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Information > for siblings
If you're reading this, you probably have a brother or sister who has cancer. You may be worried, frustrated, sad, or angry. You may even feel jealous that your brother or sister is getting so much attention. It's OK to feel all of these things. Just about all brothers and sisters do in your situation. The good news is there are a lot of people out there who know just what you're going through, and they can help you a lot. Talk to your parents, your brother or sister's nurse or doctor, and ask about programs for siblings of kids with cancer. It'll also help to know a little about what your brother or sister is going through.

Cancer is a serious disease, but more and more kids survive it and go on to live a long time. Even still, treatment can sometimes take many months, so you'll have some new things to get used to. You may find your life changed for a while. Your parents may spend time a lot of time in the hospital, and daily life around the house may not be the same while your sister or brother gets better. The best thing you can do for yourself and your brother or sister is to be there for them like you always have. They may be more tired than usual, or not able to play the way they did before, but just hanging out and having fun together--even if it's in the hospital-- will let them know you care.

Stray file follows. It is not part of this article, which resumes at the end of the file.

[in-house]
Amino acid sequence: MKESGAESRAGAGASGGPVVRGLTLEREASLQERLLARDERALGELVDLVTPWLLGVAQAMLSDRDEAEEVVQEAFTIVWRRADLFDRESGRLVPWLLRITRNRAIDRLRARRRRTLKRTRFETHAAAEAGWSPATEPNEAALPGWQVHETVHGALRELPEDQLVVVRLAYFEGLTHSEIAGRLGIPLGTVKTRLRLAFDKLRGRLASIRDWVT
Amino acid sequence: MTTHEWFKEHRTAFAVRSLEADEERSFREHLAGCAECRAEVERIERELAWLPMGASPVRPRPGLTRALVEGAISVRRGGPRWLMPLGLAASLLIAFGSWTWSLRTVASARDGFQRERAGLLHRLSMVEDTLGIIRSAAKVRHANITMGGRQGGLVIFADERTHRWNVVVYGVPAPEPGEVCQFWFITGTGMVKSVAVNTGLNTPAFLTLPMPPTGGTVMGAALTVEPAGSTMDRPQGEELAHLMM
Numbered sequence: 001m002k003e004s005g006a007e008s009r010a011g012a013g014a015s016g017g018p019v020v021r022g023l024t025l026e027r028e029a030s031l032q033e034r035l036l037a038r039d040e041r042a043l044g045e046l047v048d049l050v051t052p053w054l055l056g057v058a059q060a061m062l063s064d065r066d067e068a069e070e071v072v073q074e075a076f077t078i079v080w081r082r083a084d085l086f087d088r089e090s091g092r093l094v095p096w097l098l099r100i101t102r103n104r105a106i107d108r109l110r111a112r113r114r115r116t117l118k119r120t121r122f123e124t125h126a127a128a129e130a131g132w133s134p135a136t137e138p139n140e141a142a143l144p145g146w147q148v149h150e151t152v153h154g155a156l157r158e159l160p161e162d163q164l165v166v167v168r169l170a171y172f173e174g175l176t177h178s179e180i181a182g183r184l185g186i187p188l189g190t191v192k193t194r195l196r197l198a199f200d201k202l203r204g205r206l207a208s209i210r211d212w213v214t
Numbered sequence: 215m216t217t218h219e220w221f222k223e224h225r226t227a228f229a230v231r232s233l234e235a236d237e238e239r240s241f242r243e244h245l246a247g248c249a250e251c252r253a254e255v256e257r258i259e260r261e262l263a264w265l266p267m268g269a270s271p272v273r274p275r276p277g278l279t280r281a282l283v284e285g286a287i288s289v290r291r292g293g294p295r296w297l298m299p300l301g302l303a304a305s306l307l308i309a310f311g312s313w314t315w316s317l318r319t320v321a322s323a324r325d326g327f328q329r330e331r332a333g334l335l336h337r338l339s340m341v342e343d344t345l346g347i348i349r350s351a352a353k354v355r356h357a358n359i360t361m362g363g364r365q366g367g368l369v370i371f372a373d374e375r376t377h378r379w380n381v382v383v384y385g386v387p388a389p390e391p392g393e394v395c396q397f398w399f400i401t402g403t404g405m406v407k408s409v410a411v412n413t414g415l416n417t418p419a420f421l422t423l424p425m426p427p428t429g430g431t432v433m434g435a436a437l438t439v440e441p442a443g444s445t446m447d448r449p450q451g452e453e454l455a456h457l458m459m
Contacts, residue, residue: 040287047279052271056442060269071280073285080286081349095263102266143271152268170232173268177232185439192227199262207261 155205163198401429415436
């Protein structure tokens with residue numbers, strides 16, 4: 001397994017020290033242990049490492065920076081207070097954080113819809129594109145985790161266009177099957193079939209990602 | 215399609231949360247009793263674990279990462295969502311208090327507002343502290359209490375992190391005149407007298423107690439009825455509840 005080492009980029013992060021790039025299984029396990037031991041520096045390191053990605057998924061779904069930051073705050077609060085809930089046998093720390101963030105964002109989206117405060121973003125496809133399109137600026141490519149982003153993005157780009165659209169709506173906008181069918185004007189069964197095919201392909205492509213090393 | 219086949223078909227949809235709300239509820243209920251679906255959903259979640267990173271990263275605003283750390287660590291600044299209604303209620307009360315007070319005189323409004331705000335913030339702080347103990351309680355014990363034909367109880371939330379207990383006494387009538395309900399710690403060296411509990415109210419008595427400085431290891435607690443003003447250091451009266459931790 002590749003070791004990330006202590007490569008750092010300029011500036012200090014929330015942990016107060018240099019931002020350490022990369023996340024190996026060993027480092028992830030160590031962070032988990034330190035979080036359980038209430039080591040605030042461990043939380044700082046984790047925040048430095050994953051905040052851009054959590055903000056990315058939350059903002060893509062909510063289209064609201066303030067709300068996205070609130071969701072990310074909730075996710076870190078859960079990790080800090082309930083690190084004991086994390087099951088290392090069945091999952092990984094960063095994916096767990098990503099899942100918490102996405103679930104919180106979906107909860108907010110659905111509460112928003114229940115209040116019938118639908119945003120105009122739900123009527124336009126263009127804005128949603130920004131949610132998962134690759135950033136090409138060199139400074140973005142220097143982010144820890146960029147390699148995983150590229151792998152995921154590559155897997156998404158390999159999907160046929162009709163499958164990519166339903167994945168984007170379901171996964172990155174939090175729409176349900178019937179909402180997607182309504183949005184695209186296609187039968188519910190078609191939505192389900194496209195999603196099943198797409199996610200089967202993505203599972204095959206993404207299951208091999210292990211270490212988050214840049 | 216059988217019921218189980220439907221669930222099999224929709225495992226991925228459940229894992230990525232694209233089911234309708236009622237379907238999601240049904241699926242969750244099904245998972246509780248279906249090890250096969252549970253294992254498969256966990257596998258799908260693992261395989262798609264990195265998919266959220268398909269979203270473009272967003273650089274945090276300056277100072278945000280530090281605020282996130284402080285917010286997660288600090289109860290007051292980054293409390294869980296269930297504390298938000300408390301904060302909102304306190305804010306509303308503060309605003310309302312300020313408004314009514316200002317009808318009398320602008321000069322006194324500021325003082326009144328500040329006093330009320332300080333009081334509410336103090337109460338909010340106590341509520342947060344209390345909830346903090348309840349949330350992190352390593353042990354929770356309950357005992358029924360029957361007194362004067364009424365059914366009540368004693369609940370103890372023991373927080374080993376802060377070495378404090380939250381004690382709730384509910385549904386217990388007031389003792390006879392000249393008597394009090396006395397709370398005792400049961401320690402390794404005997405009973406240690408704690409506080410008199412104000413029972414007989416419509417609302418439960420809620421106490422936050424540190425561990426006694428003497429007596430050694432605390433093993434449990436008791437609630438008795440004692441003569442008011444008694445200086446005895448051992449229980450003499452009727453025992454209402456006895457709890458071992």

If you want to learn more about cancer and what your brother or sister is going through, The CancerSourceKids web site is a great place to start. Be sure to get your parent's permission first, though. Nurses who specialize in treating kids with cancer created this site. It has great information for brothers and sisters of kids with cancer, plus information for parents who need help with siblings of children with cancer.

You'll also find it helps to talk to other kids who are in the same situation as you are. Children's hospitals, the American Cancer Society, and other groups often arrange for groups of kids like you to get together and talk about what they are going through. This way you can find out how others have coped, and you'll get some great tips for dealing with some of the hard times. Ask the nurse, doctor or social worker at the hospital to tell you about what programs are available there.

There are also kids who meet on line to talk about children's cancer and share their thoughts with others. Again, be sure to get your parent's permission first. Chatting with other kids can sometimes be a big help, especially if you live far from the hospital. You can get support, feedback and make friends from on-line discussion groups. You can also check out some great web sites made just for kids like you, like the Sibling Support Project and CancerSourceKids.com Check the Links area of this web site for more organizations with information for kids.


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For more information about cancer and its treatment, call the Cancer
Therapy & Research Center Information line at 1-800-340-2872.
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